The price of a typical Abbotsford home in December of 2018 remained effectively unchanged over the last year – but the mood of the housing market has swung significantly over the last year.
The benchmark price of a detached home in Abbotsford was $792,600 at the close of 2018, according to the Fraser Valley Real Estate Board (FVREB). That is up just $300 from 12 months prior.
Whereas 2017 concluded another year of double-digit price increases, the end of 2018 saw the market tip towards buyers, with prices retreating and far fewer sales than a year prior. One thousand single-family homes changed hands in Abbotsford in 2018. That’s more than 30 per cent below home sale figures from each of the previous three years and similar to numbers from 2013, when average homes sold for around $425,000.
Prices of apartments and townhouses, which were slower to rise as the housing market took off, have also been slower to fall. Townhouse benchmark prices were up eight per cent through 2018, with apartments rising by 10 per cent. But sales in those two categories are also down – 18 per cent in the case of townhouses, 29 per cent in the case of apartments. And, unlike the detached housing market, significantly more townhomes and apartments were listed for sale in 2018 than the previous year. In December of 2017, just 48 townhomes and 37 apartments were up for sale. A year later, active listings existed for 113 townhomes and 217 apartments.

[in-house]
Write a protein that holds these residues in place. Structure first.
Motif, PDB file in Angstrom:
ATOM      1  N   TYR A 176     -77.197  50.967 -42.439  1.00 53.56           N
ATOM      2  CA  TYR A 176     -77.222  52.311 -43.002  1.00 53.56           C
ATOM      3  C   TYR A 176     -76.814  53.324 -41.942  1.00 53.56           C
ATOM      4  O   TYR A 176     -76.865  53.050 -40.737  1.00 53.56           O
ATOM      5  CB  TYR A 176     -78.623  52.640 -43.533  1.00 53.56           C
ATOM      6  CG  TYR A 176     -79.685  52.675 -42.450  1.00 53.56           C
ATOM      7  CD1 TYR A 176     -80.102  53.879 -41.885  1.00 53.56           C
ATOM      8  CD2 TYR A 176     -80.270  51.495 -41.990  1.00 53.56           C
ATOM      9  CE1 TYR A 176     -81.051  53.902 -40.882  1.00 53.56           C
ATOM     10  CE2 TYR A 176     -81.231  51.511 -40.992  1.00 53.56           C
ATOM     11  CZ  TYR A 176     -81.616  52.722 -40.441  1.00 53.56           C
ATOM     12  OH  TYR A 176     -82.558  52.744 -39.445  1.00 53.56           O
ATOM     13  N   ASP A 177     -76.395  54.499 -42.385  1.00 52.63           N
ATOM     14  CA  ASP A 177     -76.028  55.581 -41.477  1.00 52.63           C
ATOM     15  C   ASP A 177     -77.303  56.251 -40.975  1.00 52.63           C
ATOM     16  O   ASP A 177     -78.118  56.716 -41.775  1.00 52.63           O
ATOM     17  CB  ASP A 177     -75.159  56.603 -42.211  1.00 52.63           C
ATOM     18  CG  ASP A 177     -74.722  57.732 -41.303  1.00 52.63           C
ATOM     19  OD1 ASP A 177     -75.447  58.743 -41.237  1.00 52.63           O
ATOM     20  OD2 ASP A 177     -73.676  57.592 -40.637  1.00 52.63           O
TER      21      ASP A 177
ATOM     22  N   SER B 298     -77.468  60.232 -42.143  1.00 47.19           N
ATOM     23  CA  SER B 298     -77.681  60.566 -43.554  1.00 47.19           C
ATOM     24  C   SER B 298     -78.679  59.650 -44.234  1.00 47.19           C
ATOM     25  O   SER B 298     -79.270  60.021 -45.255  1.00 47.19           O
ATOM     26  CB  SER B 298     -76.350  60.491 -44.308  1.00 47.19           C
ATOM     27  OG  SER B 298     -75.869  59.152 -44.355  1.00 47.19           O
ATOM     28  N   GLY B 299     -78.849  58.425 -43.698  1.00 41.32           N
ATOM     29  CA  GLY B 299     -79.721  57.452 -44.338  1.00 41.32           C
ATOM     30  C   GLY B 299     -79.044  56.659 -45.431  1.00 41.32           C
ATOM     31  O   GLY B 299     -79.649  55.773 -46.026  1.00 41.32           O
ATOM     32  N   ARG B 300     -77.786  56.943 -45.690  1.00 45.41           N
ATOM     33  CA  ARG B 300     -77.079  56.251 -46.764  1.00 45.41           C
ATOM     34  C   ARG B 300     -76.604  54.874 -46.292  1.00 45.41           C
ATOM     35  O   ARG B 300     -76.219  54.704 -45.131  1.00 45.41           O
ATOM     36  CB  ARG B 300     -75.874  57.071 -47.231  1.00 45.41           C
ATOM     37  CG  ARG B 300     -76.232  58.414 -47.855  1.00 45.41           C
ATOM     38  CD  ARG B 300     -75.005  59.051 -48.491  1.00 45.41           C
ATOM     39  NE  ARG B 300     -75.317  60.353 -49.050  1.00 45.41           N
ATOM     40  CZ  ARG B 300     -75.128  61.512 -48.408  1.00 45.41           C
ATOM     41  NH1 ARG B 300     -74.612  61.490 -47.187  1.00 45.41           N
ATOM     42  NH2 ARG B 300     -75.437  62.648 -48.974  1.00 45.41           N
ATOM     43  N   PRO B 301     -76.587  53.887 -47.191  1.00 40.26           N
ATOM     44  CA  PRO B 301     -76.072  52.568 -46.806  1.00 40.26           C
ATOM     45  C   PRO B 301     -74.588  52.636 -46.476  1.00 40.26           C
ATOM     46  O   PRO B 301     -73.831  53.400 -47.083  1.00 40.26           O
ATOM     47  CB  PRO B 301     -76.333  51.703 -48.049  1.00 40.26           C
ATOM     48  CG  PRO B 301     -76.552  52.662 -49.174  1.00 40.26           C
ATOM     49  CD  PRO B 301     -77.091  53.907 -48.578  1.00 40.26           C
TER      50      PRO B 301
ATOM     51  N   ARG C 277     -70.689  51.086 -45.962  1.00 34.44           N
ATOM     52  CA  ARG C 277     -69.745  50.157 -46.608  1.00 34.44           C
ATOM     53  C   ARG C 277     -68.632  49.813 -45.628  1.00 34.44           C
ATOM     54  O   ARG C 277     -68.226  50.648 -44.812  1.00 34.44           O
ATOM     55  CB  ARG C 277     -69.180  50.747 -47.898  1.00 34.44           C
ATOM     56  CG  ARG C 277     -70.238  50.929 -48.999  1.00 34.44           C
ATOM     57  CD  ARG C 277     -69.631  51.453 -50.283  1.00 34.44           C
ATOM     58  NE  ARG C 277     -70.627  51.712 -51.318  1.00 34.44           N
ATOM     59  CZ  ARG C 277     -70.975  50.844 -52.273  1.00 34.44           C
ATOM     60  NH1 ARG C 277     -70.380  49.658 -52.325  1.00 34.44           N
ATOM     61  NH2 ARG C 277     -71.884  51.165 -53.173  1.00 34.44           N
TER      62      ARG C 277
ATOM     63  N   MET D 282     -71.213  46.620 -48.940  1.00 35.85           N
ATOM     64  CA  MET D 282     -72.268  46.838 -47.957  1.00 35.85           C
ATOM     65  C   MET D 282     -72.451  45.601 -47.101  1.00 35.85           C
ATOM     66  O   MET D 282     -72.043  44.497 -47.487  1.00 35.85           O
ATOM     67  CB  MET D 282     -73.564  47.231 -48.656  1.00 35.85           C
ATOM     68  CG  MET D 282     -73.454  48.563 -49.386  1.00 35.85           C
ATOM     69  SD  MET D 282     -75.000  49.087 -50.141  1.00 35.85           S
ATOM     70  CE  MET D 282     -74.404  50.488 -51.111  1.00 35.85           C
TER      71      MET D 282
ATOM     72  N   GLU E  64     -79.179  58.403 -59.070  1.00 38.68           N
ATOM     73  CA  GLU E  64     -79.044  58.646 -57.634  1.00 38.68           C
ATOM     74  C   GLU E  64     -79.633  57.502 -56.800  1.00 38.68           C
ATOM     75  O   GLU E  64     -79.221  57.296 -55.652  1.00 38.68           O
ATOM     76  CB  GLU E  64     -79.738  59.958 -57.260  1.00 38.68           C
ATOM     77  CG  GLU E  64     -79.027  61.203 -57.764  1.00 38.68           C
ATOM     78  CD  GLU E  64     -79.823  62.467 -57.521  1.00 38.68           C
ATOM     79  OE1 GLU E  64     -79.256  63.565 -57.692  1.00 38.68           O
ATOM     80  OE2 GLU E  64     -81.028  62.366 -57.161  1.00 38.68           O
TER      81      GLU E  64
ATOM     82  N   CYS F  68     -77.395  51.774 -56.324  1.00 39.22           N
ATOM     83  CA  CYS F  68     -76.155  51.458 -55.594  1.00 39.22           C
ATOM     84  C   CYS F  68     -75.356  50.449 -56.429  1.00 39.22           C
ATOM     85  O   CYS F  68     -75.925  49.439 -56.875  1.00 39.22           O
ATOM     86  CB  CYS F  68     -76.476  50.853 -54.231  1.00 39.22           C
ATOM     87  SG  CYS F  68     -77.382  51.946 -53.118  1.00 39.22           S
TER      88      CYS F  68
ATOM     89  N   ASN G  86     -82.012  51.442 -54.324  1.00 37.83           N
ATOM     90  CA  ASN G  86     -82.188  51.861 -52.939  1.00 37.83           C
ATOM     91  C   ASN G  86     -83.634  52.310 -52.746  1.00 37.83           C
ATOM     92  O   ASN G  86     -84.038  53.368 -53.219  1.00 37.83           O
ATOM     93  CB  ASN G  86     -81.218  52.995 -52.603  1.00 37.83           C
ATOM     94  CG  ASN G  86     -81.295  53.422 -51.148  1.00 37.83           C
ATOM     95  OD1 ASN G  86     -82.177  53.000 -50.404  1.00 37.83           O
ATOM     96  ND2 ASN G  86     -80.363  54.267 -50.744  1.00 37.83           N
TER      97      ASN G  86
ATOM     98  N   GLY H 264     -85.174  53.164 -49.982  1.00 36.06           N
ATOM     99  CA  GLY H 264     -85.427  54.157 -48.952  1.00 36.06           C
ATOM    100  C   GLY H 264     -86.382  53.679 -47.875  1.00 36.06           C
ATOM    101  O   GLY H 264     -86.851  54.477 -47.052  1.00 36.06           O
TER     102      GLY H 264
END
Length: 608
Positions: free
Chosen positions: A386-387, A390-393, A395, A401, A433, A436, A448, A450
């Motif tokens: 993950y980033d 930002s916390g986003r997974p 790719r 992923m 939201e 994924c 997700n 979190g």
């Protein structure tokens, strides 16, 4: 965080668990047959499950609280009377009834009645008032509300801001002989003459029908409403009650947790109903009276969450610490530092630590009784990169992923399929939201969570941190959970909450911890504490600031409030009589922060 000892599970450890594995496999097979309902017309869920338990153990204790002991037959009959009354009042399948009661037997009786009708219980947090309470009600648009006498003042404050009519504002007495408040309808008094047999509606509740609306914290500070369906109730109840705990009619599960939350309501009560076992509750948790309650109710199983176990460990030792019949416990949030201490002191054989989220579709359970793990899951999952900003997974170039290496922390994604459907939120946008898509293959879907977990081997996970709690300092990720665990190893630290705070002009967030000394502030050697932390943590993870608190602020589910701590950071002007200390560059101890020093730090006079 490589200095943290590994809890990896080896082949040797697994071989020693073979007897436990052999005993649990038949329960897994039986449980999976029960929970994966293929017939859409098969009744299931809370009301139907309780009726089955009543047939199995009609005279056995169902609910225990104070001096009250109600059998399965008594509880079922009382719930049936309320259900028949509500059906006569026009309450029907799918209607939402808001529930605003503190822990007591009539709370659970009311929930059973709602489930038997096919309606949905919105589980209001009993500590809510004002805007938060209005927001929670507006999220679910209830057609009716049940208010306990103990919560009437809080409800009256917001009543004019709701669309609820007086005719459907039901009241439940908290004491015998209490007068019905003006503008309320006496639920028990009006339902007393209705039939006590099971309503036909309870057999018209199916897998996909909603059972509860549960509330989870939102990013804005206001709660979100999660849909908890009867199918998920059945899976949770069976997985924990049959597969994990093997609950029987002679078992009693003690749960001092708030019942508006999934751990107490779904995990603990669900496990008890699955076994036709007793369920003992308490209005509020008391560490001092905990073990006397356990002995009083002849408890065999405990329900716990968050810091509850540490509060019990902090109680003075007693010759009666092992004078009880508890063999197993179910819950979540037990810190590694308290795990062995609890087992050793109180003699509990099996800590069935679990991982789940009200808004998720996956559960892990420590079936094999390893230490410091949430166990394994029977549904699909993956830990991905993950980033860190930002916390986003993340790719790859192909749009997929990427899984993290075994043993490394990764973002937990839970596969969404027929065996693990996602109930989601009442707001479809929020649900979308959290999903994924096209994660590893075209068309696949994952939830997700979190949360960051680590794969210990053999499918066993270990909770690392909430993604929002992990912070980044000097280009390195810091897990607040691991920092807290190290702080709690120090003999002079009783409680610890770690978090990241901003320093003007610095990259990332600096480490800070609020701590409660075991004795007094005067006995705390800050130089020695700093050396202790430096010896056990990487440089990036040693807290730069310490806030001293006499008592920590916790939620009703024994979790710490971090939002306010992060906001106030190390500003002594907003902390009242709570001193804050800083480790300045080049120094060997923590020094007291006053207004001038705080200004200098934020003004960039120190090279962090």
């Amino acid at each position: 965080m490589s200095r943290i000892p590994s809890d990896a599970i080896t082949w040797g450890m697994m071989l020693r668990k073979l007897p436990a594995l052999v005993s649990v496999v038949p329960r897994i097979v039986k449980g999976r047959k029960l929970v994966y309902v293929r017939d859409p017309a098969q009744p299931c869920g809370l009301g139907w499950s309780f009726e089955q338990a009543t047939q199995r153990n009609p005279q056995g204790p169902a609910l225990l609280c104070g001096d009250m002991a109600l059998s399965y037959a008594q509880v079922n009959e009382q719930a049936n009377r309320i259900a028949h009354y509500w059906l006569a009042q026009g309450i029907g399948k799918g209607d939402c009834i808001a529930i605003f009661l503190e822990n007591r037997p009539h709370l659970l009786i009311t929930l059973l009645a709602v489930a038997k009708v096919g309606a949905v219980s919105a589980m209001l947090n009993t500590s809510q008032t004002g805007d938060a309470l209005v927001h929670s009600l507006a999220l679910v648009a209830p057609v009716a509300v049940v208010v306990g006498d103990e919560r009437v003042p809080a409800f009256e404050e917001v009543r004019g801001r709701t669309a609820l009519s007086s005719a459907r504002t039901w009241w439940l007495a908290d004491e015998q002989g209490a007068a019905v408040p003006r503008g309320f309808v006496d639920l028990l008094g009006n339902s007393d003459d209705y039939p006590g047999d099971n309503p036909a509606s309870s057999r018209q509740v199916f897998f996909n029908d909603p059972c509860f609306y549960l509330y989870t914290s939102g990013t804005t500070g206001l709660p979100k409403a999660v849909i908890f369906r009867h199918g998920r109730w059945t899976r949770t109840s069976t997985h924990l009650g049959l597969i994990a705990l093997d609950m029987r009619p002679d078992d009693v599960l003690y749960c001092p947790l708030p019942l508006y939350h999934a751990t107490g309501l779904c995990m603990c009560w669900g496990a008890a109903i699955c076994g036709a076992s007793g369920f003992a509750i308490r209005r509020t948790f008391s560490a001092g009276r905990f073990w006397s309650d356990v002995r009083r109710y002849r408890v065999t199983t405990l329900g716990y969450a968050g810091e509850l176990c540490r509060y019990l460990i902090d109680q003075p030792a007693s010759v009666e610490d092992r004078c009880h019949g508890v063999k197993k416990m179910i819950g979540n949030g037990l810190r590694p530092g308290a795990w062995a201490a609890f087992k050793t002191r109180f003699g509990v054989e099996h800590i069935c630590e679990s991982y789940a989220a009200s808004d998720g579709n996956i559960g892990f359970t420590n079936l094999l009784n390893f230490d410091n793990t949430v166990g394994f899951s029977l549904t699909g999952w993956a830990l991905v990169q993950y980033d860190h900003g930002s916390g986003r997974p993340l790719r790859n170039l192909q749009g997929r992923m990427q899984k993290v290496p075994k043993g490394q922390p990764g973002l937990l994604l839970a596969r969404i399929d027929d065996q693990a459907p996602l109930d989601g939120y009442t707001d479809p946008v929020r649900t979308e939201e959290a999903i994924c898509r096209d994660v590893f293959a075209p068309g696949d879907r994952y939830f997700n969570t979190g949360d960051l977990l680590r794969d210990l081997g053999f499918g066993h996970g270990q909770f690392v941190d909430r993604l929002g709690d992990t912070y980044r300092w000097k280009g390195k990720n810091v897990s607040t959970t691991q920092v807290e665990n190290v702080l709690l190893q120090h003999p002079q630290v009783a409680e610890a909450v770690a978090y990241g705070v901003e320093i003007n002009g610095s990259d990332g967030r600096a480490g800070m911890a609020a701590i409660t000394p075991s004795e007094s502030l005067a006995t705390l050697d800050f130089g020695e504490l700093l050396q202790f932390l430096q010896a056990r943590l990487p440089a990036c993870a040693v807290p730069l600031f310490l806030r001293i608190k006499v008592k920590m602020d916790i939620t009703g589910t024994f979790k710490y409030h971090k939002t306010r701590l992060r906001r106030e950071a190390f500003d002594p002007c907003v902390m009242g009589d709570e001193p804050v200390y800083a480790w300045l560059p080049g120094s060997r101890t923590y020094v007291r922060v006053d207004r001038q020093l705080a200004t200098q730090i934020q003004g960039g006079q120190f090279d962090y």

Those figures reflect both a slowdown in sales, as well as the completion of new multi-family housing projects in Abbotsford. Through the end of November, 461 new apartment units had been completed in 2018, along with 85 townhomes. More will be coming online in the years to come, with 1,424 homes under construction as of the end of November. Eighty-seven per cent of those were townhomes or apartments.
“In terms of demand, this is around what we’re used to seeing for our region,” said FVREB president John Barbisan. “There is still a great deal of interest for Fraser Valley real estate, but with prices moving slowly and more inventory becoming available, many consumers are taking a deliberate approach now that they can afford to.”